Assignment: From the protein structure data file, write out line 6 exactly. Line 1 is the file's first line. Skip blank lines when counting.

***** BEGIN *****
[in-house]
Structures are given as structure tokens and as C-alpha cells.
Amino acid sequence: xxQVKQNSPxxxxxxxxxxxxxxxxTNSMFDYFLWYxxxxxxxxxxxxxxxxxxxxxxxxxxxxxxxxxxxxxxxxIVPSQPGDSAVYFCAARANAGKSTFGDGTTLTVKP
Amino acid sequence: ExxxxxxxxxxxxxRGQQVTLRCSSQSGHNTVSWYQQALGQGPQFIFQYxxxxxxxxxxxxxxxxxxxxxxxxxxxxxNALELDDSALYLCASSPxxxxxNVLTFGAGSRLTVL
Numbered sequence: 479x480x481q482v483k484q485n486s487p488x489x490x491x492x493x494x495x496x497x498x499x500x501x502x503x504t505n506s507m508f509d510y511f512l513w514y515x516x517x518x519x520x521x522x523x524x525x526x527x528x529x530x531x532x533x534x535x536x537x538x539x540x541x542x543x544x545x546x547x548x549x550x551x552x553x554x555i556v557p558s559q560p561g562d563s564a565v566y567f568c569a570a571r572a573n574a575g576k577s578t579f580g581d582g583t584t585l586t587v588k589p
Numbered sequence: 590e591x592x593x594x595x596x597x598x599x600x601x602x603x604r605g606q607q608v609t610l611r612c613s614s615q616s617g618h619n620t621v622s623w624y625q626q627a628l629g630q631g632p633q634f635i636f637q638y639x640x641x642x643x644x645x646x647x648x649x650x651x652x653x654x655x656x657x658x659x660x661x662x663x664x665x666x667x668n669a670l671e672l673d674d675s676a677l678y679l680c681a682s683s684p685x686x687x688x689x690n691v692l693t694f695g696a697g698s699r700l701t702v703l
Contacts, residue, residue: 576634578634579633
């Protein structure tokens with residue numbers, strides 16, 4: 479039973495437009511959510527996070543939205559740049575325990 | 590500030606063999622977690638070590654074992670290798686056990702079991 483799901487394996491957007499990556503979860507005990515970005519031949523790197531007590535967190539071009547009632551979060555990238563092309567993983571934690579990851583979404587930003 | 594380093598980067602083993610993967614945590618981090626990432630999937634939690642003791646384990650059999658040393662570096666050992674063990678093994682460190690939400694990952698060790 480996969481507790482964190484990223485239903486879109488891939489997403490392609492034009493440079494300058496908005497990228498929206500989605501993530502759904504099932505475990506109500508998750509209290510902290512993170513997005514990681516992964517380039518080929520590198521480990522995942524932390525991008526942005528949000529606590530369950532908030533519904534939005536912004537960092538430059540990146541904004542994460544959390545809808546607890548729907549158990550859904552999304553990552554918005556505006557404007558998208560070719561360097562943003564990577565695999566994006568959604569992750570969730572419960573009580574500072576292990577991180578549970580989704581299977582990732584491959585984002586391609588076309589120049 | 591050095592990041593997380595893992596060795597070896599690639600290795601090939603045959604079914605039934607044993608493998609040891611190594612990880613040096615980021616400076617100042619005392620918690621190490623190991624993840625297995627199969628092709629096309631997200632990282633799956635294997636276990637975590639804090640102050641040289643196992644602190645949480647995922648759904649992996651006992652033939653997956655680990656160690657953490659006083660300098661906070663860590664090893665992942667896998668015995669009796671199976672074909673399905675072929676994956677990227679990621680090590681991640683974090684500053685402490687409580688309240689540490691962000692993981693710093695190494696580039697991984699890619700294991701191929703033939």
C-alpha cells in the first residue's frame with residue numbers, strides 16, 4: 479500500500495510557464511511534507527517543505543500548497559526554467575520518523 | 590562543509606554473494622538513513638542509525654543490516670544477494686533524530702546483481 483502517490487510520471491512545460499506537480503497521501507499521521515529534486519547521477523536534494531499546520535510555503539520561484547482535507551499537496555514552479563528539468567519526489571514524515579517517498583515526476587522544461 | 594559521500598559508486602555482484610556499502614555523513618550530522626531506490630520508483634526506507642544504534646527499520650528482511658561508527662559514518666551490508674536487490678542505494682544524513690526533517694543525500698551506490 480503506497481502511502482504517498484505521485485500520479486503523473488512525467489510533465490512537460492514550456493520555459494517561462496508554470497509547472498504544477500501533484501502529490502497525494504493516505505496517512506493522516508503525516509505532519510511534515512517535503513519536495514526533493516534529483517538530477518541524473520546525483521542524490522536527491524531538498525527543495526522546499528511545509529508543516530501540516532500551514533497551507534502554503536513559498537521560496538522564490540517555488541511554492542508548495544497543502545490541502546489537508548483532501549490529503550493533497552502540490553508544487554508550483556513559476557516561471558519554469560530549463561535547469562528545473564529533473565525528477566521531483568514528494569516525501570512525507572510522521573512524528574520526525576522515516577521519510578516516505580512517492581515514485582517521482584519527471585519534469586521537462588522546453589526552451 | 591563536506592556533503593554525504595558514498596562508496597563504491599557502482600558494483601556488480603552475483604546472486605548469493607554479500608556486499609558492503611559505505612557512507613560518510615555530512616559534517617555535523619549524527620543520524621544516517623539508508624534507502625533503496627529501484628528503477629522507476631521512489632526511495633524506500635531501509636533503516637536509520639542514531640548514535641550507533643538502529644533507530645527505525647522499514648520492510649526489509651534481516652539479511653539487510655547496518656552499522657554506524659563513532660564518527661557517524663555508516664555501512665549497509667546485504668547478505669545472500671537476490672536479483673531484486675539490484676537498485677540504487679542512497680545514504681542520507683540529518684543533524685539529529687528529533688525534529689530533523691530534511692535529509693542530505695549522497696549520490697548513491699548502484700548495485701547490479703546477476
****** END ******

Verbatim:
Numbered sequence: 590e591x592x593x594x595x596x597x598x599x600x601x602x603x604r605g606q607q608v609t610l611r612c613s614s615q616s617g618h619n620t621v622s623w624y625q626q627a628l629g630q631g632p633q634f635i636f637q638y639x640x641x642x643x644x645x646x647x648x649x650x651x652x653x654x655x656x657x658x659x660x661x662x663x664x665x666x667x668n669a670l671e672l673d674d675s676a677l678y679l680c681a682s683s684p685x686x687x688x689x690n691v692l693t694f695g696a697g698s699r700l701t702v703l